If you can make this picture alive and see the outcome you really want, your mind will start to calm down immediately. Try it!

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5. Talk about it

Lastly, talk about it! We all share similar fears and there is a wealth of advice out there to help you move forward. Don’t suffer alone. When you talk about your fears, you release the negative built up energy and so you will automatically feel better.

Don’t give into something that you really can control, you have more strength inside you then you know. It is better to face your fears now and enjoy the reward than to give up on your dreams and face that later.

More by this author

Kirstin O´Donovan

Certified Life and Productivity Coach, Founder and CEO of TopResultsCoaching

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Published on April 7, 2021

6 Signs Of A Controlling Person To Be Aware Of

6 Signs Of A Controlling Person To Be Aware Of

Some of the most manipulative people are so good at what they do that their words and actions can convince you into thinking they truly care about what’s best for you when in reality, it’s quite the opposite. The most common signs of a controlling person are rarely obvious to outside observers. And for someone enmeshed in a controlling relationship or friendship, it can be incredibly challenging to stay away from this toxic person, even if you’re aware of their emotionally abusive tendencies.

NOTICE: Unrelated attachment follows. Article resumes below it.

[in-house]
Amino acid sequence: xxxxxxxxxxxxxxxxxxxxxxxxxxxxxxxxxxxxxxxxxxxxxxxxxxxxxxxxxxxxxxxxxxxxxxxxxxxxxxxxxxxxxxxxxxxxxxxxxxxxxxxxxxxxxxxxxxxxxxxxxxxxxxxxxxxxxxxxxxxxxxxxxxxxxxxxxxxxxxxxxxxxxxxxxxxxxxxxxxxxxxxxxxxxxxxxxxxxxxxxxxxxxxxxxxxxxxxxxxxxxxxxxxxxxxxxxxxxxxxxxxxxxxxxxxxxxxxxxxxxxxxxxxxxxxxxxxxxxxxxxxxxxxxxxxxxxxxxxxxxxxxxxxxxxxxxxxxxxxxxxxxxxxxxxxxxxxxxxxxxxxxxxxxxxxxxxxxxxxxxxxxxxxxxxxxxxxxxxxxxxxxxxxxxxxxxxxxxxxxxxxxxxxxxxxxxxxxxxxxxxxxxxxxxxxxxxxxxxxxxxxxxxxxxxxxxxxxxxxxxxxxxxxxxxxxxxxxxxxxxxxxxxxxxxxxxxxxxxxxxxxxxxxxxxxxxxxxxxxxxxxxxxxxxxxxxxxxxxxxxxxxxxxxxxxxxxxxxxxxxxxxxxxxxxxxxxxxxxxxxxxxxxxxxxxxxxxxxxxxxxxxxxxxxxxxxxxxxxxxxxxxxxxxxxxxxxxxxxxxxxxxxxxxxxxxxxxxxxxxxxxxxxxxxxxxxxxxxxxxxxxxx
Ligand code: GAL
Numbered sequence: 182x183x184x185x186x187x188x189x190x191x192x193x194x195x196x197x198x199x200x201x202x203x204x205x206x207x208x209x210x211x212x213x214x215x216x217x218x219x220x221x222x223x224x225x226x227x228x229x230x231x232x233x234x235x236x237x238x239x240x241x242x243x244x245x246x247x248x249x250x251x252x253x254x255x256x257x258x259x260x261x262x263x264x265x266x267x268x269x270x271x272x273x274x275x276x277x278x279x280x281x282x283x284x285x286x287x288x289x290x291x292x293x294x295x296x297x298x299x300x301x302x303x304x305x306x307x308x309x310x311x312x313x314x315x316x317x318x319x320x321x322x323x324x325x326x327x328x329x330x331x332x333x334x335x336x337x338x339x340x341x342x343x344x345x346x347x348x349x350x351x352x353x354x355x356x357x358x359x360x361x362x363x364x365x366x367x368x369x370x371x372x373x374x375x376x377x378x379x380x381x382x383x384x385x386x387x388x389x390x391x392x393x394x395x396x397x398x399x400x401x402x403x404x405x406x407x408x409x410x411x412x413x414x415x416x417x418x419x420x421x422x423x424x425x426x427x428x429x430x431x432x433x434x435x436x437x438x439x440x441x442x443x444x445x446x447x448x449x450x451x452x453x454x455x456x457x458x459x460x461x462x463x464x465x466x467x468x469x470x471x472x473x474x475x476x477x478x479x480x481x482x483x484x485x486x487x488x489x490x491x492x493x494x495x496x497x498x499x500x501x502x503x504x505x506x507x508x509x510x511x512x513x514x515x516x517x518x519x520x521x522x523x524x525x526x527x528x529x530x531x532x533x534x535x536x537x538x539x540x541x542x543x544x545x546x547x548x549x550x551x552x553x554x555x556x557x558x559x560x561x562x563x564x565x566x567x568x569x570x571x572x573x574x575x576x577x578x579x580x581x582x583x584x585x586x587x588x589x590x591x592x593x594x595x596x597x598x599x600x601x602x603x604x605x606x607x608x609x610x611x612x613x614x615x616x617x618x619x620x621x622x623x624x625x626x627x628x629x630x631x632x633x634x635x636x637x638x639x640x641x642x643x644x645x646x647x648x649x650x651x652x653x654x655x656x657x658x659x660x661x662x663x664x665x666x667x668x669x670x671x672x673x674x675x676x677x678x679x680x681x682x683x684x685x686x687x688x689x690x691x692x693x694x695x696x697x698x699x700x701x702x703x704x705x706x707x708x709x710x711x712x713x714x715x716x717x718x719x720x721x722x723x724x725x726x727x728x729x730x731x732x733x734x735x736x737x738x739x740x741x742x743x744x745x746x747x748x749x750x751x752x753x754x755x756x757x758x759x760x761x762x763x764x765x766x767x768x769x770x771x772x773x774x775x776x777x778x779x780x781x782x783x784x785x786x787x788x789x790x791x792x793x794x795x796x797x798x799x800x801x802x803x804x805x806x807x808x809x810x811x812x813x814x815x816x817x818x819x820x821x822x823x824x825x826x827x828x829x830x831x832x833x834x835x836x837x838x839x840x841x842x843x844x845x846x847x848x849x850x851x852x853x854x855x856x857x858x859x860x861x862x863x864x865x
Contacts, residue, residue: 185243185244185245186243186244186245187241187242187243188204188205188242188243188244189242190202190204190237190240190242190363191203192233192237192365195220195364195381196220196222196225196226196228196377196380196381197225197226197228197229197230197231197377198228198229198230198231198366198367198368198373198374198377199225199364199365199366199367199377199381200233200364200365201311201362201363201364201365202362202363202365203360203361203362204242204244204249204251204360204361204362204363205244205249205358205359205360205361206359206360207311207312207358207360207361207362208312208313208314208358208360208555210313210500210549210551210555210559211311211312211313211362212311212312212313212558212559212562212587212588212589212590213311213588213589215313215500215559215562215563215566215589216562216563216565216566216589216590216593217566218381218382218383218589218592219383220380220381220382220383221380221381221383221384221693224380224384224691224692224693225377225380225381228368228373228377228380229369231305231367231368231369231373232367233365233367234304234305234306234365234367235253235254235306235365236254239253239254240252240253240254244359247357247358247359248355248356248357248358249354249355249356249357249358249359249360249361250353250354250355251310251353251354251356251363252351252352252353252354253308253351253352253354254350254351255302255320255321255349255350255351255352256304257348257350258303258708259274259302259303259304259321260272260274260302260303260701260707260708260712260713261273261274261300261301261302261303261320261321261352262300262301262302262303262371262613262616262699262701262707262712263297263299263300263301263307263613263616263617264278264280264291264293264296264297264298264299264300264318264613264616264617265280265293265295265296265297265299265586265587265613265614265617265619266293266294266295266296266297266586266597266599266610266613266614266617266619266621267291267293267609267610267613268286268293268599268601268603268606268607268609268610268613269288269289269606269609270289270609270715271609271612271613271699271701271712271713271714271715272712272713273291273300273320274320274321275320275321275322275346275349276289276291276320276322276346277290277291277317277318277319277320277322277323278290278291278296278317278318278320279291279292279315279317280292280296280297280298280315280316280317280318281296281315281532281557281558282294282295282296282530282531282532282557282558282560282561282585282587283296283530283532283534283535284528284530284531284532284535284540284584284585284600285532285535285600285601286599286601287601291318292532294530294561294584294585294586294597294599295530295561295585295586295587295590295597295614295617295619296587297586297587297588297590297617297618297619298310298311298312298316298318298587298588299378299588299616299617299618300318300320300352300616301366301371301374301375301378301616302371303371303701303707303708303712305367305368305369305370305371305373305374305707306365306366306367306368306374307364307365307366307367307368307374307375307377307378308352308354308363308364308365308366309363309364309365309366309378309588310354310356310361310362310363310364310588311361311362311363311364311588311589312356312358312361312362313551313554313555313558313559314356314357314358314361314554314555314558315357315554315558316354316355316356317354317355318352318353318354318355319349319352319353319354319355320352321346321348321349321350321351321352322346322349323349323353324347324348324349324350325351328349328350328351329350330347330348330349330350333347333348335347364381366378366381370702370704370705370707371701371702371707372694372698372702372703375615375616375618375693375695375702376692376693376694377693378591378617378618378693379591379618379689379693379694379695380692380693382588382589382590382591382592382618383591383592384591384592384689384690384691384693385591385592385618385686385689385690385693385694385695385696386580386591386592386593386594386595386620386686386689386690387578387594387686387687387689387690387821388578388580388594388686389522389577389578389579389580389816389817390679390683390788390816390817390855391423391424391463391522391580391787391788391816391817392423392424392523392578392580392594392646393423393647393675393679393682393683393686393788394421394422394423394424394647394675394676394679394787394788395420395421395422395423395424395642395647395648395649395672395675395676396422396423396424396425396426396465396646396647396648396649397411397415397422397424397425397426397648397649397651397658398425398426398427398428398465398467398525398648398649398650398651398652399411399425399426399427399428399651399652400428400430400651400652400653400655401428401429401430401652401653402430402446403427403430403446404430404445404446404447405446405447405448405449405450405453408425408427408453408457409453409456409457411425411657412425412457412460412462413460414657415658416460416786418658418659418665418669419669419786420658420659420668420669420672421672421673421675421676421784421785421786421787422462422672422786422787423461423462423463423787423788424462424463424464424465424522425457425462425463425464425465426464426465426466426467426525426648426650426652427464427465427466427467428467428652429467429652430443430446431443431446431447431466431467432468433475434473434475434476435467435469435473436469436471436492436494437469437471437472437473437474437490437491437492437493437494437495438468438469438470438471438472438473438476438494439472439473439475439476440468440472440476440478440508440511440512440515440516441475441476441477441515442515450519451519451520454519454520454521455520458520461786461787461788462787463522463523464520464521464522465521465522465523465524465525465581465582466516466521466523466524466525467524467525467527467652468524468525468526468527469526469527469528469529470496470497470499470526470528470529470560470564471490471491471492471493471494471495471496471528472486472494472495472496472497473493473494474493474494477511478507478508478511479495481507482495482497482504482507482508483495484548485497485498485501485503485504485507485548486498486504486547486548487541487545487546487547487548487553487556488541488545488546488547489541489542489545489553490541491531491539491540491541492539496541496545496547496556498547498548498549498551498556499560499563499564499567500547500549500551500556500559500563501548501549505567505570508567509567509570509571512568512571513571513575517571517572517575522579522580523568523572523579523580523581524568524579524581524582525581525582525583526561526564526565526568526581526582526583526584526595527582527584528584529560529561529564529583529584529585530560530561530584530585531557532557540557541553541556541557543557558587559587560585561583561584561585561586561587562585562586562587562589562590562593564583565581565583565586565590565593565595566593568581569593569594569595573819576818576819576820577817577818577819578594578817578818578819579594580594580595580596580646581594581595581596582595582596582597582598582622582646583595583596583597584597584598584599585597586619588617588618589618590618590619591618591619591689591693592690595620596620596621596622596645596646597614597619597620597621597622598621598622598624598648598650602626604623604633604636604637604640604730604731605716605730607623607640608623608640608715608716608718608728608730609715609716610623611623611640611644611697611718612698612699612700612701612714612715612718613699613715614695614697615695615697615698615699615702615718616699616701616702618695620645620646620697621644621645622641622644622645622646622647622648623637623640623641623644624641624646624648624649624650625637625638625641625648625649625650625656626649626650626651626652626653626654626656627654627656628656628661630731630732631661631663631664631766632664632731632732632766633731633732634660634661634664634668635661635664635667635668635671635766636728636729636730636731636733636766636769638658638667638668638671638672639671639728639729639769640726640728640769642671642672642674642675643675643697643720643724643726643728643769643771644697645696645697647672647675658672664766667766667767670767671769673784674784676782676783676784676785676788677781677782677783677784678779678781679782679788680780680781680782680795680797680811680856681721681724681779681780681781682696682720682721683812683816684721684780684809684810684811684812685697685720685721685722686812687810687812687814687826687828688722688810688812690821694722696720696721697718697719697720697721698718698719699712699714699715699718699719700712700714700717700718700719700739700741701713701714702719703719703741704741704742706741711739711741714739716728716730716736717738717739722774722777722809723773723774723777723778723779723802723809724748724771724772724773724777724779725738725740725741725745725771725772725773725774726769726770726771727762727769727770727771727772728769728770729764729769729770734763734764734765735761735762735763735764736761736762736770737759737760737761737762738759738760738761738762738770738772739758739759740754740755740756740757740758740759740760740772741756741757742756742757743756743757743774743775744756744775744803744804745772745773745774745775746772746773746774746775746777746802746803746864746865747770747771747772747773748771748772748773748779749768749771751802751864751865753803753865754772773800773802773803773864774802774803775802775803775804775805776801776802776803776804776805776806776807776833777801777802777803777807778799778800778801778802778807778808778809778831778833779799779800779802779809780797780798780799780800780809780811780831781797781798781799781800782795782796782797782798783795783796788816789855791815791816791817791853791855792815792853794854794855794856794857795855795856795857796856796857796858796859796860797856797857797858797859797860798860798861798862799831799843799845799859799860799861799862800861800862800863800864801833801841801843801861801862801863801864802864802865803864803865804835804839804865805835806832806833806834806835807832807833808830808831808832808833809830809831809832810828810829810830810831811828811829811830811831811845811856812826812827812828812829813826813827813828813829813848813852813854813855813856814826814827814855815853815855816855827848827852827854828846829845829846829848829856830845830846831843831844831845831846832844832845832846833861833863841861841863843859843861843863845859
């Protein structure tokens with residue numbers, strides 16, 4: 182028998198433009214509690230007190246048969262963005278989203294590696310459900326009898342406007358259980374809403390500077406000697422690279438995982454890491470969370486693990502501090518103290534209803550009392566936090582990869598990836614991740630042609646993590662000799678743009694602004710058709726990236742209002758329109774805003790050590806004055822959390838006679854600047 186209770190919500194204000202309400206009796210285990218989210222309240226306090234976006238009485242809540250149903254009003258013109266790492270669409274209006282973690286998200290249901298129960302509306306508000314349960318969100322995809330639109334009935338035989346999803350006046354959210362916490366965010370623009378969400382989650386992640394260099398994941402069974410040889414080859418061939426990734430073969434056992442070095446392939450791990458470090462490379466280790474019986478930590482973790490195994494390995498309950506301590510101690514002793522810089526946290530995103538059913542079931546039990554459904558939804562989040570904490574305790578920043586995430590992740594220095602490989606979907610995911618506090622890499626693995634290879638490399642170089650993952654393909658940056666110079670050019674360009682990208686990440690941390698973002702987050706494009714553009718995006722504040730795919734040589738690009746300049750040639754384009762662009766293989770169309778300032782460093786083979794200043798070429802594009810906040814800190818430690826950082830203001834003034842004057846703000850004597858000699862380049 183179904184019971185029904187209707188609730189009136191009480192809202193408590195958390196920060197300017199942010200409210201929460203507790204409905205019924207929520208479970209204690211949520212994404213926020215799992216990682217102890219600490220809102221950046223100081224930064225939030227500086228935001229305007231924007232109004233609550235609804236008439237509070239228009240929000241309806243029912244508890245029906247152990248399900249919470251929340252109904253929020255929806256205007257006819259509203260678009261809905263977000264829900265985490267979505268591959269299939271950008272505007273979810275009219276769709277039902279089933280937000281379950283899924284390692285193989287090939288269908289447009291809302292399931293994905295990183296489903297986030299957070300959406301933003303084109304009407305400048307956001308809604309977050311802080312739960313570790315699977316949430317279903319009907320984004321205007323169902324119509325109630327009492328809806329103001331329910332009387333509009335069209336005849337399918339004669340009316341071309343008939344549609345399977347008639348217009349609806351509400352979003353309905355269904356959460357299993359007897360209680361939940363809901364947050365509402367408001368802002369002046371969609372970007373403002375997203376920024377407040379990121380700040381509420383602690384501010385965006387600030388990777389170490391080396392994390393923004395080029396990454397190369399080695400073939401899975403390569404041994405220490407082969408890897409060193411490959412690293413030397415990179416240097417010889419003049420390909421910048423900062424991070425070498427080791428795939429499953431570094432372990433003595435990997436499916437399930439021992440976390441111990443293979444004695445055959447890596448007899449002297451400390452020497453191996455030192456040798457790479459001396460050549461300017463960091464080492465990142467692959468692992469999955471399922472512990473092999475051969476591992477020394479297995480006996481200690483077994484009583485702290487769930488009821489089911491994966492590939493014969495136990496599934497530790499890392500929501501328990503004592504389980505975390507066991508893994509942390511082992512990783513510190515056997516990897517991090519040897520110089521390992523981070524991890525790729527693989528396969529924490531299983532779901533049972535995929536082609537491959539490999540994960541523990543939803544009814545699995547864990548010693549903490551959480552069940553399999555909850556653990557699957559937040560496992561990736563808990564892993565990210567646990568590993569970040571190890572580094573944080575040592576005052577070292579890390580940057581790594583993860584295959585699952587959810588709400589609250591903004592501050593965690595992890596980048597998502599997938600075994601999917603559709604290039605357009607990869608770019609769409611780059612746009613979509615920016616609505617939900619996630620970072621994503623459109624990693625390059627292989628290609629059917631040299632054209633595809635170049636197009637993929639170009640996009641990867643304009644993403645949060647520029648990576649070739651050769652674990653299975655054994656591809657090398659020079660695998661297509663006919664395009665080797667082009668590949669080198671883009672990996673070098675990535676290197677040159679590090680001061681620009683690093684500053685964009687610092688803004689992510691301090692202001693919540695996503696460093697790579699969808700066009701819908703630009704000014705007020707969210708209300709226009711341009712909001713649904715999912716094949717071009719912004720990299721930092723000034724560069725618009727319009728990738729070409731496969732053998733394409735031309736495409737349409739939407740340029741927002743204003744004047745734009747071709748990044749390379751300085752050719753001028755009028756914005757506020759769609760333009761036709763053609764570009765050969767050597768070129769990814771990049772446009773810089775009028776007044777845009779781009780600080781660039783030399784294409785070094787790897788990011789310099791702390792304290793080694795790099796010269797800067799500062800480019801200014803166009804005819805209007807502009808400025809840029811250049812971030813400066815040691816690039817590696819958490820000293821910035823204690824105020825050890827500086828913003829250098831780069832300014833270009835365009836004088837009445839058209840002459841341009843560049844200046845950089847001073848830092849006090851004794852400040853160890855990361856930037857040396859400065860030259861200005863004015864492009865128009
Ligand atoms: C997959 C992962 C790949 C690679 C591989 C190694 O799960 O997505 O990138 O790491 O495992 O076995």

While it’s ultimately up to you to decide whether to preserve or leave a lopsided, unfulfilling relationship, it’s nevertheless critical to understand the following six signs of controlling people so you can better advocate for yourself and mitigate the influence of their manipulative tendencies in your own life.

1. They Push Their Own Personal Agenda

Do you know someone who always tries to micromanage the words, behaviors, and attitudes of people around them? Does this person act like they have the right to know anything they want about you, including your location, what you’re doing in a given moment, who you’re talking to online, or any other private information about you? And when planning events and special occasions, does this person dominate conversations, steer plans in their own preferred directions, disparage others’ suggestions, and refuse to collaborate with anyone who might disagree with them?